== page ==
I don’t really find exercise that exciting so I’ve been listening to a great podcast whilst trying to counteract all my lockdown baking (and eating) on my exercise bike. It’s called ‘gently does it’ and it’s hosted by John Dalton, who interviews very successful contemporary painters. I’ve loved hearing their thoughts on how they got to where they are now and how they deal with being artists, as well as what materials they like to use and what drives them.
I’ve also been enjoying listening to the artists chatting on Portrait Artist of the Week about their work and motivations.

I thought I’d pull together a few of the threads from the artists I’ve listened to on the podcast and on PAOTW in a blog post. The artists featured are predominantly portrait and figure painters, and I’ve linked to their instagram accounts at the bottom of this post.


A lot of the artists on the podcast are American and the art education system is very different there to the system here. Many artists train in a very traditional atelier system, where they learn from cast drawing at first in black and white and eventually move on to painting from the model. This training is rigorous and often takes many years. According to an artist interviewed, the atelier system is cheaper in America than studying art at university where the emphasis is not on technique but on individuality and creative response.
In reality, an artist needs both technical training and experience in researching art and theory and responding creatively.
It seems to make it tricky for artists to survive after emerging from the atelier system and trying to find their ‘voice’, that unique aspect of the artist in terms of their style, subject matter and motivations that make them who they are and help them appeal to their buyers.

In this country funding works differently. Atelier training is not funded by the student loans system that cover art degrees at university, making it out of reach of many (Lockdown has helped, with much more tuition and life drawing available online at a fraction of the cost).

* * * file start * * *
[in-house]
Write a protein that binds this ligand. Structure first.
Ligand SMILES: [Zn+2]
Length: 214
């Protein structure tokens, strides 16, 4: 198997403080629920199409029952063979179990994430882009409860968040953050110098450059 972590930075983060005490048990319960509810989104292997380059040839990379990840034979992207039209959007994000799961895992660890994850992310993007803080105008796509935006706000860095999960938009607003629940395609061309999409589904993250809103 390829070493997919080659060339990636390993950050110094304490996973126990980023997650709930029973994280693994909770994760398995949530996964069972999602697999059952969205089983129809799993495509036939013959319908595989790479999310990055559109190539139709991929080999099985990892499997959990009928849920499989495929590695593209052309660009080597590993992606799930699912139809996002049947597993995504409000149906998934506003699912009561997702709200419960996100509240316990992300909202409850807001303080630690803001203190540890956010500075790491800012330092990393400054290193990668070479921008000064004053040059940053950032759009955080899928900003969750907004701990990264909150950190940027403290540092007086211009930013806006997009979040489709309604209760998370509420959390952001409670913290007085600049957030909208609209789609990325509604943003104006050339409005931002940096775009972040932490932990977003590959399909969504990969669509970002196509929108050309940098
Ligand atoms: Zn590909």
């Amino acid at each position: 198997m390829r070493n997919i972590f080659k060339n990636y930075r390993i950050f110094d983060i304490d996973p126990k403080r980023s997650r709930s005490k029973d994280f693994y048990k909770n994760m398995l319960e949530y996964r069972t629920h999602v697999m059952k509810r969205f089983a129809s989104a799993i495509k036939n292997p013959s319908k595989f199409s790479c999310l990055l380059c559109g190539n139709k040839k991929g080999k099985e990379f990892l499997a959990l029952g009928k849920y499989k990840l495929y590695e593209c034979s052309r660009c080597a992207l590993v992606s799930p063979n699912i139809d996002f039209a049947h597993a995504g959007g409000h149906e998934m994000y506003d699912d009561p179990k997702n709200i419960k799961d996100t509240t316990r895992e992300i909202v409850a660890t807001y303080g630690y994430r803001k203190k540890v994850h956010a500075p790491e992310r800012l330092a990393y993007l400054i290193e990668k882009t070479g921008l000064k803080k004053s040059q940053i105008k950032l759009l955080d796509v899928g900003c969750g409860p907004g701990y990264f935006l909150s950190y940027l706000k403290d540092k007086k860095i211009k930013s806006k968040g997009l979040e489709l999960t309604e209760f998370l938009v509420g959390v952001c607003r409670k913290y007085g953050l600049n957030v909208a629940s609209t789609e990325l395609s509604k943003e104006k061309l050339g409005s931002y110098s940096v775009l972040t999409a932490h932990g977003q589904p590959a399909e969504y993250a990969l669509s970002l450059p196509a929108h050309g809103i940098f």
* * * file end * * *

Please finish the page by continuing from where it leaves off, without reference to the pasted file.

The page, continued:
University art degrees do not always teach the technical aspects of art, so in this country (and this is a very sweeping statement) many students emerge with very creative ideas, but knowing they need to go back to the drawing board (literally) to gain technical skill. I haven’t yet listened to a British artist on the podcast but on Portrait Artist of the week two of the demonstrating artists (Samira Addo and Kimberly Klauss) avoided studying art because they didn’t want their style to be altered by needing to work in a different way. Of course both of these artists gained success through the Portrait Artist of the Year competition.

It’s very difficult to know what the ideal balance is. I think we are lucky that so many artists today teach short classes where we can learn techniques at a more affordable price, but it is difficult to apply these techniques outside of a learning environment with enough concentration to achieve mastery. And it’s definitely important to spend time researching the art of the past, and contemporary issues that help us know what we should say as artists.

There doesn’t seem to be a way round putting in hours and hours of training to become an expert in painting, which is how it should be really.


The artists I’ve listened to differ in their materials and approaches even though some started out with the same training.

Some artists still use traditional methods such as oil painting with the Zorn palette (Ivory black, cadmiium red light, yellow ochre and titanium white) or the Impressionist palette (White, and a warm and cool version of each primary colour), some adapt these techniques, and some invent their own.

Felicia Forte spent two years using the Zorn palette in order to master the limitations of a limited palette before breaking out into glorious full colour. Sarah Stieber lit her subjects under tinted lighting at first to ‘see’ the heightened colour of her ‘electric realist’ acrylic paintings.
In terms of working methods, Martin Campos makes his life studies in the space of the model, paints outside en plein air, then takes all this information back to the studio and is able to create his paintings in a responsive, expressive way.